Yesterdays mini-argument about the eye-mouths of the Flatlanders got me thinking about something I'd like to put in the "serious science stuff" appendix for the RPG - e.g. the cool stuff I've thought of that isn't actually needed to run the game. Just exactly how does a Flatlander see?
The problem is that there is no day or night in Flatland - there is all-pervasive sourceless illumination. And sourceless presumably means that it is occurring inside a Flatlander as well as outside, e.g. inside the Flatlander's eye. Theoretically this ought to drown out any light coming from the outside, unless there is some mechanism (such as a lens) to concentrate a lot of external light. Even then the optic nerves would be firing constantly, making it very difficult to perceive details. We know (because Abbot tells us) that they can see, although not very well - however, their visual problems are partly a result of the 2D environment and partly caused by the constant mist that he describes, which limits visibility to a few feet.
So I think that what I need is a neural mechanism that is very good at detecting light coming in horizontally but ignores all other sources. And that is only one molecule thick (one atom theoretically, but I'm going to allow myself a little leeway here.)
My best though here is an arc of something like flat optical fibres, set up so that any photons coming in anything other than horizontally whizz out again. With something to reduce horizontal scatter, e.g. a pinhole camera mechanism. This would explain the mouth/eye structures I put on my previous drawings quite well - the lips (more like mandibles)/eyelids are opaque, with a teeny gap at the corner which works like a pinhole camera. When a Flatlander wants to eat it opens its mouth/eye and the mandibles slice off bits of food. It is somehow pushed out of the cavity and down into the rest of the flatlander as past as possible, but even so a Flatlander will effectively be blind for a few seconds every time it eats a mouth-full of food.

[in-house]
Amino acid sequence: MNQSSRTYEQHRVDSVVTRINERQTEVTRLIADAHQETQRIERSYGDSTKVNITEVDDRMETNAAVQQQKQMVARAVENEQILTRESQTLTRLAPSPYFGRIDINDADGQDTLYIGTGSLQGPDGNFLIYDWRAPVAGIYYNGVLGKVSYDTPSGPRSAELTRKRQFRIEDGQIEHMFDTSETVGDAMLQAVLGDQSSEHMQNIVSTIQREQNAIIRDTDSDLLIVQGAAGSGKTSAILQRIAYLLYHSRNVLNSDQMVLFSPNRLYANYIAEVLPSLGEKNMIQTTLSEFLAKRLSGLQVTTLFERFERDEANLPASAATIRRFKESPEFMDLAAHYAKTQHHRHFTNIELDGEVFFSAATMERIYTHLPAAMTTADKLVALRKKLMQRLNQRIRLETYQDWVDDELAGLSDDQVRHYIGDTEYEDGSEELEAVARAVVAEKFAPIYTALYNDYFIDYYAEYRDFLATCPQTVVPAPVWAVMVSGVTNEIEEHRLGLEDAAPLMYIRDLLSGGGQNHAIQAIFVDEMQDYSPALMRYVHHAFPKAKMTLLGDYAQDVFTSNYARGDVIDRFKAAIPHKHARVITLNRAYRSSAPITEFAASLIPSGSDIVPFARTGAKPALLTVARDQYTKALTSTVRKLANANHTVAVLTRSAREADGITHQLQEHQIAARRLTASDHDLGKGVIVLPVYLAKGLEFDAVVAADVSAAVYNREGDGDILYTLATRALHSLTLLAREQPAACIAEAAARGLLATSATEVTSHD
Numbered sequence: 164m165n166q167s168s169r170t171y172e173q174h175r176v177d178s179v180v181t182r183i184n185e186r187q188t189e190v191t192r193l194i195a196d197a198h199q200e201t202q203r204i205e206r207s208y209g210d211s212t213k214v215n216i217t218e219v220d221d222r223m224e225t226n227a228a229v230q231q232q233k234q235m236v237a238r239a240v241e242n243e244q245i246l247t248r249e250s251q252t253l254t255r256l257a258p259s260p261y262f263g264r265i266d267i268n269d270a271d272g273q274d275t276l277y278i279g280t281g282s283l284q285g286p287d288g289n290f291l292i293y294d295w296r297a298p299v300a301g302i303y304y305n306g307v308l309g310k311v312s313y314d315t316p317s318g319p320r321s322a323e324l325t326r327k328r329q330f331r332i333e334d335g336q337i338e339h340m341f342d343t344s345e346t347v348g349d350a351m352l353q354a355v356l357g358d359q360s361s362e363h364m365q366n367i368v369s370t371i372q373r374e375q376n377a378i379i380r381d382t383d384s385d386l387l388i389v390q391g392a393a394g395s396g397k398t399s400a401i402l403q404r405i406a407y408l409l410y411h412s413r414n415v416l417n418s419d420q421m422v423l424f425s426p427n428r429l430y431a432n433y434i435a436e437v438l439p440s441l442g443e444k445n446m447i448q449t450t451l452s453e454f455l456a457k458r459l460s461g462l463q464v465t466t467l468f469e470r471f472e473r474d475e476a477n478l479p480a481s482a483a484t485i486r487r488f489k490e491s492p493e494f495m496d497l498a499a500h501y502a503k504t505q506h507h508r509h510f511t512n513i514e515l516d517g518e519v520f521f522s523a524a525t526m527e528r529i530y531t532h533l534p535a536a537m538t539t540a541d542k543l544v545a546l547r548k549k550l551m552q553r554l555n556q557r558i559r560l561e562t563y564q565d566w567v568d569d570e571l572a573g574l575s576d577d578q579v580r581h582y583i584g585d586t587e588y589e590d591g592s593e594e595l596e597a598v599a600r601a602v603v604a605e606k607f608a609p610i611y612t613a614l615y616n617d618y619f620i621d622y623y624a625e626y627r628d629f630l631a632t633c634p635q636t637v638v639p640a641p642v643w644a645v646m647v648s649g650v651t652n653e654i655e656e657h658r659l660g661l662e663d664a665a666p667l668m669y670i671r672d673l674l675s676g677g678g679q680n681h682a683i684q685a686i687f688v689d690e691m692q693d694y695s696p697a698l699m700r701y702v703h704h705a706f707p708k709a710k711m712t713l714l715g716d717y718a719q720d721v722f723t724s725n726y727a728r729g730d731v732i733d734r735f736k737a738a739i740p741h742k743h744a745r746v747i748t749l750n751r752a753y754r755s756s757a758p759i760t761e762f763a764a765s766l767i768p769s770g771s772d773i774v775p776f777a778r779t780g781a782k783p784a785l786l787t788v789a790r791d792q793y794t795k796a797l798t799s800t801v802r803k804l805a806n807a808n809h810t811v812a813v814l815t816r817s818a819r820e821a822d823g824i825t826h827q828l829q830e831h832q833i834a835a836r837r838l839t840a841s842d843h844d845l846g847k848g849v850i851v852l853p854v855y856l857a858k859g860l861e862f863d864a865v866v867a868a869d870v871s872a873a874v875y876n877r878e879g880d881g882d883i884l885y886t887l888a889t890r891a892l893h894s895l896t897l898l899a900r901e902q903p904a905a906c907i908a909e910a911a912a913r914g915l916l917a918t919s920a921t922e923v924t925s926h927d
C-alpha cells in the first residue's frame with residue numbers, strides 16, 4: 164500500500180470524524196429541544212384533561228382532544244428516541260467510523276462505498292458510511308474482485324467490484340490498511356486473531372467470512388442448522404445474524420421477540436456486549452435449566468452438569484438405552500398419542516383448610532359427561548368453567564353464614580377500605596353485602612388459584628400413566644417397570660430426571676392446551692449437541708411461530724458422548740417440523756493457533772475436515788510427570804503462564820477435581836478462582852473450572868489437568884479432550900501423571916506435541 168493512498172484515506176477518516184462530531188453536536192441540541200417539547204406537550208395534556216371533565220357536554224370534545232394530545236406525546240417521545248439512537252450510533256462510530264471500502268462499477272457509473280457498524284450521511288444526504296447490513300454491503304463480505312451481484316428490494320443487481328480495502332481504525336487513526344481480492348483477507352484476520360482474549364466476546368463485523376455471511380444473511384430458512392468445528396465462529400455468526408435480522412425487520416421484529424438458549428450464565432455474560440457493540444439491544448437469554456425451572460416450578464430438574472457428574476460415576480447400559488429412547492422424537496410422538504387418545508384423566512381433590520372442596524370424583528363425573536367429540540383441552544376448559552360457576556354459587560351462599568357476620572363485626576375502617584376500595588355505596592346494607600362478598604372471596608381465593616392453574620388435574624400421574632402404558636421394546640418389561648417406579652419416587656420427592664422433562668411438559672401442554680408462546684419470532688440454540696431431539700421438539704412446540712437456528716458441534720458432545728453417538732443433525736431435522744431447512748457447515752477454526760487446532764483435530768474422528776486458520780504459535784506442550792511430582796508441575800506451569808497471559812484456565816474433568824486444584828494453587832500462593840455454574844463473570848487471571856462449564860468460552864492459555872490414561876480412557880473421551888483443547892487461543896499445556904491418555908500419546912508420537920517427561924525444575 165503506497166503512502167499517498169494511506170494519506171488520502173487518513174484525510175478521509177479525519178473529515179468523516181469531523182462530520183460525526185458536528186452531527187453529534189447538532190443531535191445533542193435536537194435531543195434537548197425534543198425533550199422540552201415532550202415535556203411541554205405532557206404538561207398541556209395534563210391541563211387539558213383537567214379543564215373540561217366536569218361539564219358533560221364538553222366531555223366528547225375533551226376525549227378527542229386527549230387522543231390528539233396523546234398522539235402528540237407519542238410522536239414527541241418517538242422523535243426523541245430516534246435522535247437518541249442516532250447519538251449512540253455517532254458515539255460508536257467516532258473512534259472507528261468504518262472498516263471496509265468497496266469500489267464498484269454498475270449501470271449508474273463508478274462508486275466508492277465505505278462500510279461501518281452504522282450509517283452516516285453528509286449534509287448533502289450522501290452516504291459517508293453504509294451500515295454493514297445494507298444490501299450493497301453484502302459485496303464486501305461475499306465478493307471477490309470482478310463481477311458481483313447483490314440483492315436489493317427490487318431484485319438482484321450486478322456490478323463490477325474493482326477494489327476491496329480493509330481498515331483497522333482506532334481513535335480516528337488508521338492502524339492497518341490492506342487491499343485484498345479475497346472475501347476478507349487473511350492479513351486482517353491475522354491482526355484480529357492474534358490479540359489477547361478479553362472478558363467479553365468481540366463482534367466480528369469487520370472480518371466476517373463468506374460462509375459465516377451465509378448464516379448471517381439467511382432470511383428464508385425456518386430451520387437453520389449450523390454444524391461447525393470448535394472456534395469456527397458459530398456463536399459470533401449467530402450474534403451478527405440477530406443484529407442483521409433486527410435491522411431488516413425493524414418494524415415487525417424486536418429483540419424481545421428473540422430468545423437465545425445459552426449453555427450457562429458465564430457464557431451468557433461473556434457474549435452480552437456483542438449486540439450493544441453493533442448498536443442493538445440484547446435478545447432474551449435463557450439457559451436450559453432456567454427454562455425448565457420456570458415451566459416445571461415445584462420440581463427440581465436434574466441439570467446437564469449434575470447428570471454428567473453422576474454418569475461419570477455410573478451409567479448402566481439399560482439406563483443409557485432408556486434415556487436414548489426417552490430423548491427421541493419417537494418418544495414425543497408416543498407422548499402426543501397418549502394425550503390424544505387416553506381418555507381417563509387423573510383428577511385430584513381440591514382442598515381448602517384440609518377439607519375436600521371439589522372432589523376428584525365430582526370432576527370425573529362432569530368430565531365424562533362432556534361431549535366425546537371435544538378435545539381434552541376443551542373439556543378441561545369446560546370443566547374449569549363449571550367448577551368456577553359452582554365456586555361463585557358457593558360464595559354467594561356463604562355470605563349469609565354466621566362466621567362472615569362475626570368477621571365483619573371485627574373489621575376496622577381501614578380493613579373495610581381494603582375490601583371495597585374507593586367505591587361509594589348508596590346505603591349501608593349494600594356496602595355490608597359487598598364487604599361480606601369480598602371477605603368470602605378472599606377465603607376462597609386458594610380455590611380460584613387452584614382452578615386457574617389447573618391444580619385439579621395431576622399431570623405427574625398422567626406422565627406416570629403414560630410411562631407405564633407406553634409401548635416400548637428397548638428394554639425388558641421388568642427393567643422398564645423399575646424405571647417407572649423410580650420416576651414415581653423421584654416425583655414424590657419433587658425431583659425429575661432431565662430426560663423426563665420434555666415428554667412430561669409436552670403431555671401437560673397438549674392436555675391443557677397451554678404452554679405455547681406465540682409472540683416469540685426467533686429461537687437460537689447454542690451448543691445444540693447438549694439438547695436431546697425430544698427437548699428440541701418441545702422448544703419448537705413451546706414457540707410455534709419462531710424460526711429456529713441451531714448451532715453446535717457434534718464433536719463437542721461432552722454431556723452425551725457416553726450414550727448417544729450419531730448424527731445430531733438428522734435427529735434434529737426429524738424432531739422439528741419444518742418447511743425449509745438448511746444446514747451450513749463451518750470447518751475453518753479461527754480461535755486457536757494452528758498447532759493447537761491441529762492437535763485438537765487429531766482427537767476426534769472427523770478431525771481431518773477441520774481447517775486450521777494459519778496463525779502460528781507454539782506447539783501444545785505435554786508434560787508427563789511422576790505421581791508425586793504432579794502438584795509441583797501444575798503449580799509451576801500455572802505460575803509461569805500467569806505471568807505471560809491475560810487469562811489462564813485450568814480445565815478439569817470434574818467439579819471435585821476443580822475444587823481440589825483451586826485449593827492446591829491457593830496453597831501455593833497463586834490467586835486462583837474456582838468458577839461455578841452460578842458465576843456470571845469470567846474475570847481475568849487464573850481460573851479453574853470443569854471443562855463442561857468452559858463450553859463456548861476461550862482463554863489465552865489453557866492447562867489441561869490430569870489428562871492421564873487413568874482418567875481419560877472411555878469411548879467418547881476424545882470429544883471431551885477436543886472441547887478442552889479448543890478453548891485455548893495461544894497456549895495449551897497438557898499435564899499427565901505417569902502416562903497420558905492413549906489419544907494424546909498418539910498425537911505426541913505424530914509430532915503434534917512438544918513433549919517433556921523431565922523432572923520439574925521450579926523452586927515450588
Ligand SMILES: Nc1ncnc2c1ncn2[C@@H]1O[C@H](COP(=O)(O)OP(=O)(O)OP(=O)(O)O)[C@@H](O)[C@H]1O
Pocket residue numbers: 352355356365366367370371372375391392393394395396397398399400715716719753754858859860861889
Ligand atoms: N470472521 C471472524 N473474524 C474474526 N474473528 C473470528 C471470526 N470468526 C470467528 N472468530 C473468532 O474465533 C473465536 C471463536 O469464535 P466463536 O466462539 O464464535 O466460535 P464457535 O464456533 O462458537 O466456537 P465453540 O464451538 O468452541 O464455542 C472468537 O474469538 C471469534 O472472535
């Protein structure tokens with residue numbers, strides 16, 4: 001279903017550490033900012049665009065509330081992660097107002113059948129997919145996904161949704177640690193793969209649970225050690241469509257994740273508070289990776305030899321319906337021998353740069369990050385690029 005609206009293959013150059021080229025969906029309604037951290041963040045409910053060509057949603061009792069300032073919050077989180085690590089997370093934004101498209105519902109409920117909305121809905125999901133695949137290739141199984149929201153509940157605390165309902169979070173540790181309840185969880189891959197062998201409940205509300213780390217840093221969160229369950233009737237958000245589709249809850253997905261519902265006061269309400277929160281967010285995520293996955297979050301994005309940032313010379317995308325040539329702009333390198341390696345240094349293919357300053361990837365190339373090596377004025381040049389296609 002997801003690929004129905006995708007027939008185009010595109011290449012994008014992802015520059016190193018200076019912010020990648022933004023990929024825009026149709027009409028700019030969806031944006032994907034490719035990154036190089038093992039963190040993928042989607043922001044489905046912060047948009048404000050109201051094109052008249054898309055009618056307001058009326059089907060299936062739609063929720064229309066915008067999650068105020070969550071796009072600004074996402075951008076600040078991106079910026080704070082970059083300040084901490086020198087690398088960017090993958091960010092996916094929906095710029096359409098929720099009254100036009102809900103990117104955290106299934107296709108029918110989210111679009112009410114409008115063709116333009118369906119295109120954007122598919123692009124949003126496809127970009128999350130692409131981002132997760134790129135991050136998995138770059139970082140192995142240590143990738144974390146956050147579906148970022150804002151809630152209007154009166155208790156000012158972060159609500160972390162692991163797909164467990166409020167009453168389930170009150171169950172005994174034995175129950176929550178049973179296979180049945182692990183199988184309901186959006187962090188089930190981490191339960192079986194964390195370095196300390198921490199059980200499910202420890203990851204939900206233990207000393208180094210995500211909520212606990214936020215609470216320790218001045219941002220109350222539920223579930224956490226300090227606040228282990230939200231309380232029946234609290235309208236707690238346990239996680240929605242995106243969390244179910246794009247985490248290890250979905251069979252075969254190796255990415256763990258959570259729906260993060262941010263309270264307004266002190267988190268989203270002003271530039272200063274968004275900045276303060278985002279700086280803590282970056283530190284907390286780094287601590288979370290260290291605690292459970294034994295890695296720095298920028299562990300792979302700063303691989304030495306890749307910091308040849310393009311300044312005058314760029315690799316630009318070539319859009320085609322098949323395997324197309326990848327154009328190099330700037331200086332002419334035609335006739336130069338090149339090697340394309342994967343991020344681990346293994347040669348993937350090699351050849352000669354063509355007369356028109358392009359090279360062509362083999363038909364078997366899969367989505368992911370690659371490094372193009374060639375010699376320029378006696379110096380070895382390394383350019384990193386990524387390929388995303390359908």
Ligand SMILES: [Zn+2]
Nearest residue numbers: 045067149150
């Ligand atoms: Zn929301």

One result of this is that the narrower figures (especially isosceles and females) will have very narrow fields of vision, which could be a problem.
Okay, that's my first thoughts - anyone able to suggest a better mechanism?